It’s easy to presume that when you describe something as being like a “wild goose chase,” what you really mean is that it’s as futile or as difficult as literally chasing after and catching a wild goose. But strictly speaking, that’s not the case. In fact, the original “wild goose chase” didn’t have anything to do with chasing wild geese at all. Rather, it involved chasing after someone (or, as the case may be, being chased yourself) like a wild goose.
What has long been credited as the earliest written record of a wild goose chase (more on that in a minute) came from William Shakespeare’s Romeo and Juliet, written sometime in the early-to-mid 1590s :
"Nay, if our wits run the wild-goose chase, I am done, for thou hast more of the wild-goose in one of thy wits than, I am sure, I have in my whole five. Was I with you there for the goose?"
Mercutio is complaining about losing a battle of wits (part of a conversation that memorably includes one of Shakespeare’s dirtiest jokes) to Romeo, while they wander the streets of Verona waiting to meet with Juliet’s nurse. And here, he’s seemingly comparing their “hunt” for the perfect one-liner in their jibing, back-and-forth conversation to what appears to be an actual goose hunt.
Because this was thought of as the phrase’s earliest written record, the origin of the wild goose chase has long been credited to Shakespeare and merely chalked up to just another of his many, many literary inventions. But in fact it’s more likely that Shakespeare was playing on an already established term—a term that has its roots not in hunting birds, but in hunting with horses.
Take a look at this quote from a poem, "The Mother’s Blessing," by the English writer Nicholas Breton, written in 1602:
Esteeme a horse, according to his pace But loose no wagers on a wilde goose chase
Although Breton wrote this poem perhaps as much as a decade after Shakespeare had completed Romeo and Juliet, it’s thought that Breton’s work alludes to the phrase’s original meaning: Originally, a “wild goose chase” was a horse race in which a leading rider would head off into a field and make an especially challenging, winding course through the surrounding land. A second rider would then have to follow, retracing the first rider's steps exactly and copying his every twist and turn, no matter how difficult, as they chased after him. A third rider would then set out after the second, and then a fourth and so on, until an entire group of riders was tracking one another through the countryside, all retracing the leader’s steps.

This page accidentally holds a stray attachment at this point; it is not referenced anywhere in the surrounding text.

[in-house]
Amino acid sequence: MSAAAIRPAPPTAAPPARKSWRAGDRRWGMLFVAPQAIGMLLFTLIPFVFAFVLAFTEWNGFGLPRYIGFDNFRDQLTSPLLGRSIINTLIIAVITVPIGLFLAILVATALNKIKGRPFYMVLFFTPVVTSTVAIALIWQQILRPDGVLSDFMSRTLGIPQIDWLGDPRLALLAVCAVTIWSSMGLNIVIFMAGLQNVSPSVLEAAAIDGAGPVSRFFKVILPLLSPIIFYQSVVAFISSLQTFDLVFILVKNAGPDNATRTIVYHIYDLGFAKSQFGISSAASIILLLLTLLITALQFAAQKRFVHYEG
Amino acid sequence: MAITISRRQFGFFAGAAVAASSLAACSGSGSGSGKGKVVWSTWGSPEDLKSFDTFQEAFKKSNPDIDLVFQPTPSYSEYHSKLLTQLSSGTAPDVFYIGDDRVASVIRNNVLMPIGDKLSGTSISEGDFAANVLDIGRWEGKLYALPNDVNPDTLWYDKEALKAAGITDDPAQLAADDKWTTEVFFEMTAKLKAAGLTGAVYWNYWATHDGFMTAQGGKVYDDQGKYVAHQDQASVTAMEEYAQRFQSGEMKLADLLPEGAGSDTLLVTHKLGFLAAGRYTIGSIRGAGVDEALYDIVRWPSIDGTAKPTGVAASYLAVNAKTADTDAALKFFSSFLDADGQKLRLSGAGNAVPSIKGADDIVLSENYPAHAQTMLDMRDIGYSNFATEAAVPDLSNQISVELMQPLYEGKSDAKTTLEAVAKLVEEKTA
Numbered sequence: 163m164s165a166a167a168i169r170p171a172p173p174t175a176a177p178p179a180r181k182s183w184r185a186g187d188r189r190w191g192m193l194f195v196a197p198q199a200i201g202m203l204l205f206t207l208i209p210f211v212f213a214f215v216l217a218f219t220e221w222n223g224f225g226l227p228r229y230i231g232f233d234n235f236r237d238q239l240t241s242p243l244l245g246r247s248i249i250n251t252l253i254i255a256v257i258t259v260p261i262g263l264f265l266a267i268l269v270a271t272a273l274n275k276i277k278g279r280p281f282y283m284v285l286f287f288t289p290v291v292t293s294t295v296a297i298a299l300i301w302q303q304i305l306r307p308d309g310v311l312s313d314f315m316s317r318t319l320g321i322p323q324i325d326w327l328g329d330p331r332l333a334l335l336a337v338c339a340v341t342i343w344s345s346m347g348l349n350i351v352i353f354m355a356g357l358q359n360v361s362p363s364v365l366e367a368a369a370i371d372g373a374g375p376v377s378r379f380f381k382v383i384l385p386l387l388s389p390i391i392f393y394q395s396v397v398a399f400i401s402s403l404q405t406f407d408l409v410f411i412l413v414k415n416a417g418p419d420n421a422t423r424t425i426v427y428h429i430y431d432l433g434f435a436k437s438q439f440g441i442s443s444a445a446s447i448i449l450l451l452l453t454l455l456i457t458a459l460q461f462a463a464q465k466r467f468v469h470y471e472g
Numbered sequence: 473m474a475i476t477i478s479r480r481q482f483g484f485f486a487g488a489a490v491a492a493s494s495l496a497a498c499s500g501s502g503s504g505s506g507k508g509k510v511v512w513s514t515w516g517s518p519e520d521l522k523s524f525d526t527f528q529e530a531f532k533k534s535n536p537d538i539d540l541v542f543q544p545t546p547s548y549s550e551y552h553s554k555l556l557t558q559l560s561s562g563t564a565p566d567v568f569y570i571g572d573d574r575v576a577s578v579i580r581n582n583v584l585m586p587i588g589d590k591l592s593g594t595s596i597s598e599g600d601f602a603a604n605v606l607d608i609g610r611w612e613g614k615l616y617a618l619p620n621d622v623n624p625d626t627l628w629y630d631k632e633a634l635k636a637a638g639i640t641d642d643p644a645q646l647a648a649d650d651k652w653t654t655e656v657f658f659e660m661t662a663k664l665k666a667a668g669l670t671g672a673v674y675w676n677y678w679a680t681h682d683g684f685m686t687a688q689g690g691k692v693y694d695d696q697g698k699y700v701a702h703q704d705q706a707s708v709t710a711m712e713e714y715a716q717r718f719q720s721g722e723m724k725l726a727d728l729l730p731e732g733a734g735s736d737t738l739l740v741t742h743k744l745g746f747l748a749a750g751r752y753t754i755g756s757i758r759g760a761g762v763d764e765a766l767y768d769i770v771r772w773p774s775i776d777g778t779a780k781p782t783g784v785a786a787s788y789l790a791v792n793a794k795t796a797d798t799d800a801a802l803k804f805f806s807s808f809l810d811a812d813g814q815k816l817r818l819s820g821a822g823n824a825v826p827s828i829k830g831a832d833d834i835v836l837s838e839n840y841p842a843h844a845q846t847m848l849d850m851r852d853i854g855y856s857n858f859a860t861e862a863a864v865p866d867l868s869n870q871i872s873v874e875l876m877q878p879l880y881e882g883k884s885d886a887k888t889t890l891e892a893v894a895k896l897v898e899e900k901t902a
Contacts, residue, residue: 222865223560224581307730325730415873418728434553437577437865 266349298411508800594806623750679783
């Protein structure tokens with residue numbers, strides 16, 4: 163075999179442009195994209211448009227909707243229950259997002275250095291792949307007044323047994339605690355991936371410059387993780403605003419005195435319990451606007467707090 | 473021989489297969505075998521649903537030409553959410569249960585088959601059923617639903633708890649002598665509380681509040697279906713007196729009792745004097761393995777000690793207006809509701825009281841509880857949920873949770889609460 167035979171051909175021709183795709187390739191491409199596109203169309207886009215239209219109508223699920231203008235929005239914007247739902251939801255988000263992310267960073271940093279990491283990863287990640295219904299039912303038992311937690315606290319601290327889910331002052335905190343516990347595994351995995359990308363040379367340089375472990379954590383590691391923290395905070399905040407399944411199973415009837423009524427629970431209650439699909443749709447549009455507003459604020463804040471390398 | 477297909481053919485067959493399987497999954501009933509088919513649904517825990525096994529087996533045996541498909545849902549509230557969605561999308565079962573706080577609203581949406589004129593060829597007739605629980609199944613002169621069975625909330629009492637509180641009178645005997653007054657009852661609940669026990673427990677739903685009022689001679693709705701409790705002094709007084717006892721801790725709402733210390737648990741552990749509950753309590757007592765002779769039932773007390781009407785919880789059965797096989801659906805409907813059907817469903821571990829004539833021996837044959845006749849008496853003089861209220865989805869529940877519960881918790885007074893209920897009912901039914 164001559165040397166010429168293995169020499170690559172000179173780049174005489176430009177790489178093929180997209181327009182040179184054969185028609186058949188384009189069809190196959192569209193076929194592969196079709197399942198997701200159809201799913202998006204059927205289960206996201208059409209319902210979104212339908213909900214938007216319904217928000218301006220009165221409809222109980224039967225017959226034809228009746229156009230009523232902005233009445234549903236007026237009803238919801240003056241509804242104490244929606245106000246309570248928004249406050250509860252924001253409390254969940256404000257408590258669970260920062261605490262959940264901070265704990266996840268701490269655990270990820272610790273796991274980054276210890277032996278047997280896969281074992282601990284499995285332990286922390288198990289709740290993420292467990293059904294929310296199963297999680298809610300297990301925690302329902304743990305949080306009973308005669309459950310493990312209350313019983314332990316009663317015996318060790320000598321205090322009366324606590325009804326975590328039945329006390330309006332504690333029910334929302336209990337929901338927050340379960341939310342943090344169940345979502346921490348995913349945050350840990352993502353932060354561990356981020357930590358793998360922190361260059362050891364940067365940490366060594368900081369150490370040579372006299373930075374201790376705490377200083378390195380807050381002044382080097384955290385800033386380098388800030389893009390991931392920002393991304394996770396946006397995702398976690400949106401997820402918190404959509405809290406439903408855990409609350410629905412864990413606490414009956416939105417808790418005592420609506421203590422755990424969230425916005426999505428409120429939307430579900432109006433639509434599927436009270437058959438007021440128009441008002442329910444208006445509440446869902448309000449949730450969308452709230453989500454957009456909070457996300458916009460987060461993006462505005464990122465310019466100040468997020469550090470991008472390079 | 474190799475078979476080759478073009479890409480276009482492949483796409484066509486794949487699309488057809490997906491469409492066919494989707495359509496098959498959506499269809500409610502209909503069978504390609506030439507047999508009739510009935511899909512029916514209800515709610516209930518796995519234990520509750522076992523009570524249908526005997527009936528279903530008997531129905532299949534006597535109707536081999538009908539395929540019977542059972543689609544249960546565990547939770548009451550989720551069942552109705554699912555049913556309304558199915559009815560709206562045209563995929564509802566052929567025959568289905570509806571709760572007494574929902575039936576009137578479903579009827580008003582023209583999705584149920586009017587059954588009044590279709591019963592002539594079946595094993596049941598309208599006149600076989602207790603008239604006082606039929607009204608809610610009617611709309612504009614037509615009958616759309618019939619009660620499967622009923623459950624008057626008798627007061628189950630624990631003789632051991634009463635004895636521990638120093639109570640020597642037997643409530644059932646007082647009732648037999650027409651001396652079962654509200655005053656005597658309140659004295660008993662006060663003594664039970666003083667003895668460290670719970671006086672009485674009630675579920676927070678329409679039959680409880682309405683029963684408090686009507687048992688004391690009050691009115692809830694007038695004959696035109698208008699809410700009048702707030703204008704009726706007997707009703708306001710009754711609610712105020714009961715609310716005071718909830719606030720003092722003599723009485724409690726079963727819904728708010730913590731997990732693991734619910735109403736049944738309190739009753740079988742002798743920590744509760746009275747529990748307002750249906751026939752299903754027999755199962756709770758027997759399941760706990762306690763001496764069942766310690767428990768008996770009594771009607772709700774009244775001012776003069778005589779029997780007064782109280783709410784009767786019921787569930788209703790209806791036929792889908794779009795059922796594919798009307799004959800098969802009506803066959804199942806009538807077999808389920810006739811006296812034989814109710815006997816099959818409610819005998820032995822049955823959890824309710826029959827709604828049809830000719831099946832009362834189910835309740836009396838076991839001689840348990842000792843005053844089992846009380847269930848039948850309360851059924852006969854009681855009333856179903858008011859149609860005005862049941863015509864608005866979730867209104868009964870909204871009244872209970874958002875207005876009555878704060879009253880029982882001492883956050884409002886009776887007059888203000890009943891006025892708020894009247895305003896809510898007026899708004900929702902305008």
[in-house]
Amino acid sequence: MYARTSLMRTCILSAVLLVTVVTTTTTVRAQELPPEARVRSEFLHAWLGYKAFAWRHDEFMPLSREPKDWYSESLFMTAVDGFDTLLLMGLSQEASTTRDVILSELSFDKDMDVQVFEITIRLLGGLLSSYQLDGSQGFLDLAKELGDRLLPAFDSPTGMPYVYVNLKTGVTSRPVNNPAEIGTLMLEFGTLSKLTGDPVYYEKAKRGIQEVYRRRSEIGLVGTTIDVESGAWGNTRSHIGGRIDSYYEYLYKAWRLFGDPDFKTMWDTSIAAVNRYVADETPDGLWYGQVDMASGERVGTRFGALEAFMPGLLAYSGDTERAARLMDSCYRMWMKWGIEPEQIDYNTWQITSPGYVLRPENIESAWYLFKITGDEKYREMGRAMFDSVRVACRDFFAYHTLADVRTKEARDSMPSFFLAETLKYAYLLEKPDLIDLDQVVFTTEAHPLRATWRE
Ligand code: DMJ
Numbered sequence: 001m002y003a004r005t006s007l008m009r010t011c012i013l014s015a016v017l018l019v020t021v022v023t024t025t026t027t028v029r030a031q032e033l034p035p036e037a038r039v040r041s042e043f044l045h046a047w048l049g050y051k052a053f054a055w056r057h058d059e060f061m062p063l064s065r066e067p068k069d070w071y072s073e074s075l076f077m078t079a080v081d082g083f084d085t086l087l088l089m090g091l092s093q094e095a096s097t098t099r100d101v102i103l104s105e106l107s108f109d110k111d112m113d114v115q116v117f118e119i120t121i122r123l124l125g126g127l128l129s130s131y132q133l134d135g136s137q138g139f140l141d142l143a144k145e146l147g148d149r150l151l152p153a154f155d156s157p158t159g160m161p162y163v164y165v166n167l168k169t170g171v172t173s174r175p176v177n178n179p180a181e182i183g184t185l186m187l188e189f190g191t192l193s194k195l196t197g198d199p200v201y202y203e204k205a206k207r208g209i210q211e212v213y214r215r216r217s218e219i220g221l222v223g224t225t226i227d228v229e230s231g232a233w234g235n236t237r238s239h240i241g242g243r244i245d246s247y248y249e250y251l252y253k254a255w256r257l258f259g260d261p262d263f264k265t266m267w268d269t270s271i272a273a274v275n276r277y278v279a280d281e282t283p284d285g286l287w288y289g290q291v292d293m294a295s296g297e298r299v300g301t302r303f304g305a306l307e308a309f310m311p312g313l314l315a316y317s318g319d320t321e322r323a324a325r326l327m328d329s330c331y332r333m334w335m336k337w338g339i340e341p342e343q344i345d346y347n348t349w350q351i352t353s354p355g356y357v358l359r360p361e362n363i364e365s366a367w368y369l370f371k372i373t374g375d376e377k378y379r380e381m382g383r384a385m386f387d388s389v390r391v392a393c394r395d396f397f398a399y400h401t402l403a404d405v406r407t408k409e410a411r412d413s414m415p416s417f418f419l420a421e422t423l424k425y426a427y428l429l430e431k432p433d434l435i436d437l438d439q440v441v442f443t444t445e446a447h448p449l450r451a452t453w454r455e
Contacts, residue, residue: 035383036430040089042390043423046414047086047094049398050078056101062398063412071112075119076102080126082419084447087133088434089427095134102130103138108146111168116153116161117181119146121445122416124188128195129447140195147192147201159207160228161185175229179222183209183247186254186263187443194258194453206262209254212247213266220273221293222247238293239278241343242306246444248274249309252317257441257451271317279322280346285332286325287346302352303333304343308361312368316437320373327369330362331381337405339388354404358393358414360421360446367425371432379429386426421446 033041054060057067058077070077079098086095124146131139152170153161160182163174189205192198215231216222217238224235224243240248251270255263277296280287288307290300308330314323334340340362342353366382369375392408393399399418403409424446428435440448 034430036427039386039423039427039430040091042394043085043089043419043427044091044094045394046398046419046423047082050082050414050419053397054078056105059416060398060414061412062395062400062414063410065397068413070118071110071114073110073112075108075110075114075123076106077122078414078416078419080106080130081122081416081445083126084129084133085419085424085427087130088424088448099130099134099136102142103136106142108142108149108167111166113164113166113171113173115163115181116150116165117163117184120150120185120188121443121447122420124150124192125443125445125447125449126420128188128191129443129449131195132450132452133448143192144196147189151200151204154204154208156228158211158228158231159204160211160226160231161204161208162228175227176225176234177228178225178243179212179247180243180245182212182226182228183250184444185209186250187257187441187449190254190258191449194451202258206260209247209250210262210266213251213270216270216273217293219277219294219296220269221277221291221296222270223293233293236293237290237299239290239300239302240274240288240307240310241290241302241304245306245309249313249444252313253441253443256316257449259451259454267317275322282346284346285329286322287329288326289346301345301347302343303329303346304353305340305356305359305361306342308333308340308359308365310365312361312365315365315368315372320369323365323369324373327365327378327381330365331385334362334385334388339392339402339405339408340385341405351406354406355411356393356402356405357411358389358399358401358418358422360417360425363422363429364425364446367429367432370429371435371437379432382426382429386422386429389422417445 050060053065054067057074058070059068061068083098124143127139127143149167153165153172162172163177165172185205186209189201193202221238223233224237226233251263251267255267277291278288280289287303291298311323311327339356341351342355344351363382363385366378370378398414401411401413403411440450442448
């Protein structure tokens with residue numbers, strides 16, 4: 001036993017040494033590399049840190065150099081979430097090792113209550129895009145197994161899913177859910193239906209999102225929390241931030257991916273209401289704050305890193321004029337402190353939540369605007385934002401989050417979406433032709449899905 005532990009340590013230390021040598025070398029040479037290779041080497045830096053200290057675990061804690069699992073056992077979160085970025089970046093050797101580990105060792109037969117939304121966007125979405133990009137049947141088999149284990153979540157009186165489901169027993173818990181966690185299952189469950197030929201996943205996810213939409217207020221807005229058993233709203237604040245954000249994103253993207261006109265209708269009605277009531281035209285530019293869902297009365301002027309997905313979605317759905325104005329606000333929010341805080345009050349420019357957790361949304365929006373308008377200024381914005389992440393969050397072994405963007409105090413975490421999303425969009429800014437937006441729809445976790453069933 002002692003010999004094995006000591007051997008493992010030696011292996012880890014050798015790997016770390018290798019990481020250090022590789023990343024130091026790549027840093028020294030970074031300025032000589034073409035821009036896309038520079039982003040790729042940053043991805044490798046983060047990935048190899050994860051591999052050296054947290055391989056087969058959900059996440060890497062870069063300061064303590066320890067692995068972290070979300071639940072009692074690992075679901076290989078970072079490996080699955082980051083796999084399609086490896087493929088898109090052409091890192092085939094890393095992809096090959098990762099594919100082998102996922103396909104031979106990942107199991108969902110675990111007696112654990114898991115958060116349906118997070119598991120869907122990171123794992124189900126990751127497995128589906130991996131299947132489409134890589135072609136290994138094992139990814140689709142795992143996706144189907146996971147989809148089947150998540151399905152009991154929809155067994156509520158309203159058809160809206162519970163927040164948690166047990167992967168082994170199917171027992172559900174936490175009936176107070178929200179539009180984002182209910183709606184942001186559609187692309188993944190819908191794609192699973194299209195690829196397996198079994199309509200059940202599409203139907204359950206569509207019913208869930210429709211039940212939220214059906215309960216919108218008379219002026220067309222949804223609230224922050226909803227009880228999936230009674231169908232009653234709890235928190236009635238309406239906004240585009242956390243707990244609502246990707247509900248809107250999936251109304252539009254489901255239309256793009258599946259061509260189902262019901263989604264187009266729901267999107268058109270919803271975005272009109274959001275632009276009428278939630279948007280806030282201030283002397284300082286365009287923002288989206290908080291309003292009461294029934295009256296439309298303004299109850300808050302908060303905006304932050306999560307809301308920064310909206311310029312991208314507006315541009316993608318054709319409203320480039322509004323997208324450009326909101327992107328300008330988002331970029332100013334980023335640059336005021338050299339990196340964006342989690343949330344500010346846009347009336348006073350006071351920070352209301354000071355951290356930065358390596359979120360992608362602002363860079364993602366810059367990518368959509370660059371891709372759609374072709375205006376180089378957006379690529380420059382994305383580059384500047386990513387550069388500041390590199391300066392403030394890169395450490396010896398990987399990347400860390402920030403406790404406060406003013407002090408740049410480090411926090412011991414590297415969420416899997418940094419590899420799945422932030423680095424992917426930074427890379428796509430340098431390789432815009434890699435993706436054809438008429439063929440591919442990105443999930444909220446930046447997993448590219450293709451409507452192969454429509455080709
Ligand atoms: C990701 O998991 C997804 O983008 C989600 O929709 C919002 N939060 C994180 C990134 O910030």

This method of horse racing—which was perhaps originally used as a means of challenging younger or less experienced riders’ horsemanship—became known as a “wild goose chase,” as each rider in the group precisely follows the one in front, just as a flock (or rather, a skein) of geese neatly follow one another in a V shape in the sky. It’s thought that this was the first wild goose chase, before confusion over the wording of the phrase—that is, is it a wild-goose chase or a wild goose-chase?—led to the emergence of the second meaning, as used by Shakespeare.
Further support for the horse interpretation came just last week, when Australian Shakespearean scholar Dr. David McInnis wrote an article where he claimed to find a reference to a wild goose chase from a couple years before Shakespeare. It’s unknown exactly when Romeo and Juliet was written, but it must have been between 1591 and 1596, and based on writing style is usually dated to circa 1595. But McInnis claims to have found a book on horsemanship from 1593 that uses the phrase six times. In his words, “In this context it is clear that at some point, people understood the 'wild goose chase' to be a complicated type of horse riding challenge or competition.”
Both meanings then seemingly coexisted for another century or so (the Oxford English Dictionary has unearthed a reference to a horse riding wild goose chase dating from as late as the 1690s), before the older of the two began to fall out of use, and Shakespeare’s goose-chasing meaning took its place. Over time, the older meaning was eventually forgotten altogether; even Samuel Johnson failed to acknowledge it at all in his Dictionary of the English Language in 1755, simply defining a “wildgoosechase” as “a pursuit of something as unlikely to be caught as the wild goose.” And the term's surprising horse racing origins have remained consigned to the history books ever since.
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